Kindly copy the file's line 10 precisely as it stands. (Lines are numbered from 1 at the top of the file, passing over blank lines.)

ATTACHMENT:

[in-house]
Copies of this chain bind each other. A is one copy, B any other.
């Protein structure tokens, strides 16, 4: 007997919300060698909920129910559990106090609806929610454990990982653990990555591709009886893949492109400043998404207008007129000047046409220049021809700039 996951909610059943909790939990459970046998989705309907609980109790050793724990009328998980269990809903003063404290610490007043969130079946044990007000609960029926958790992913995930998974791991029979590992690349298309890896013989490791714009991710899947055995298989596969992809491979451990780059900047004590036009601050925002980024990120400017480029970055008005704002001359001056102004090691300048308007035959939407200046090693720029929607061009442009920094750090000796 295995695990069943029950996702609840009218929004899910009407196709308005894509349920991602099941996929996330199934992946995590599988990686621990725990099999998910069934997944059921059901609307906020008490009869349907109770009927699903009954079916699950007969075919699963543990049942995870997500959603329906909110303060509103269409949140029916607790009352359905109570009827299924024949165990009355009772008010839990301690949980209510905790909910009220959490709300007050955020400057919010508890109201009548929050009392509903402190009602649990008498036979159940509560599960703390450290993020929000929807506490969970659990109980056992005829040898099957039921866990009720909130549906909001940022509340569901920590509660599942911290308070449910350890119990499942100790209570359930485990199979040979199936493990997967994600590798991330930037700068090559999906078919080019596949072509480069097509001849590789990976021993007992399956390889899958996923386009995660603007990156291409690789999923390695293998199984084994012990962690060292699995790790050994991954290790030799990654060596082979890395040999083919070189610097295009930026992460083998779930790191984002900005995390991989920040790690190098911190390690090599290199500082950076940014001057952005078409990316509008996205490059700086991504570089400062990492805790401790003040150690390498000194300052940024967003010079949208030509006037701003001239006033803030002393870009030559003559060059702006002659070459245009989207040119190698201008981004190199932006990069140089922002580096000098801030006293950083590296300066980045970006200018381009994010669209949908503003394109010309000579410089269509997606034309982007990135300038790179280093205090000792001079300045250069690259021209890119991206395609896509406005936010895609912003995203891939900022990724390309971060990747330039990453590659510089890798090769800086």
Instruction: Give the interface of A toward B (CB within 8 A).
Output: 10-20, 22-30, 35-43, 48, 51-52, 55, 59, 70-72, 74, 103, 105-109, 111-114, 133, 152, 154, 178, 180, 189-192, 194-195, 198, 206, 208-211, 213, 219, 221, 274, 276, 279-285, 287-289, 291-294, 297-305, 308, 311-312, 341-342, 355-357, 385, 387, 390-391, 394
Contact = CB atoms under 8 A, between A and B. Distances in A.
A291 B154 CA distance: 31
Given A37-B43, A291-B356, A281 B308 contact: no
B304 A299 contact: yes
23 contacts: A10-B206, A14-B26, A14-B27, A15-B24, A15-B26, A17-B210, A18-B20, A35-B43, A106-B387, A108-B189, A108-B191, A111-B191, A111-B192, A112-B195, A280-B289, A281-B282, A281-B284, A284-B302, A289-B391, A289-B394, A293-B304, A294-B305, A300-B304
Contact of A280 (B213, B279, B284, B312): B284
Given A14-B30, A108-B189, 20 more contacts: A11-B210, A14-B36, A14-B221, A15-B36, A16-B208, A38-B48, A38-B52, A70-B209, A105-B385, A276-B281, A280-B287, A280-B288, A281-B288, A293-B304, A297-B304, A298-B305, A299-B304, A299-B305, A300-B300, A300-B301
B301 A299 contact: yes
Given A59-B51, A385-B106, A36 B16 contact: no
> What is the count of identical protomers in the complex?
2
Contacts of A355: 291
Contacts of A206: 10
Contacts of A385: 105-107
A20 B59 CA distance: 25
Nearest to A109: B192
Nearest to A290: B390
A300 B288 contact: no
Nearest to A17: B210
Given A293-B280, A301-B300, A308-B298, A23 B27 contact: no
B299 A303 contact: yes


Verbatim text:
23 contacts: A10-B206, A14-B26, A14-B27, A15-B24, A15-B26, A17-B210, A18-B20, A35-B43, A106-B387, A108-B189, A108-B191, A111-B191, A111-B192, A112-B195, A280-B289, A281-B282, A281-B284, A284-B302, A289-B391, A289-B394, A293-B304, A294-B305, A300-B304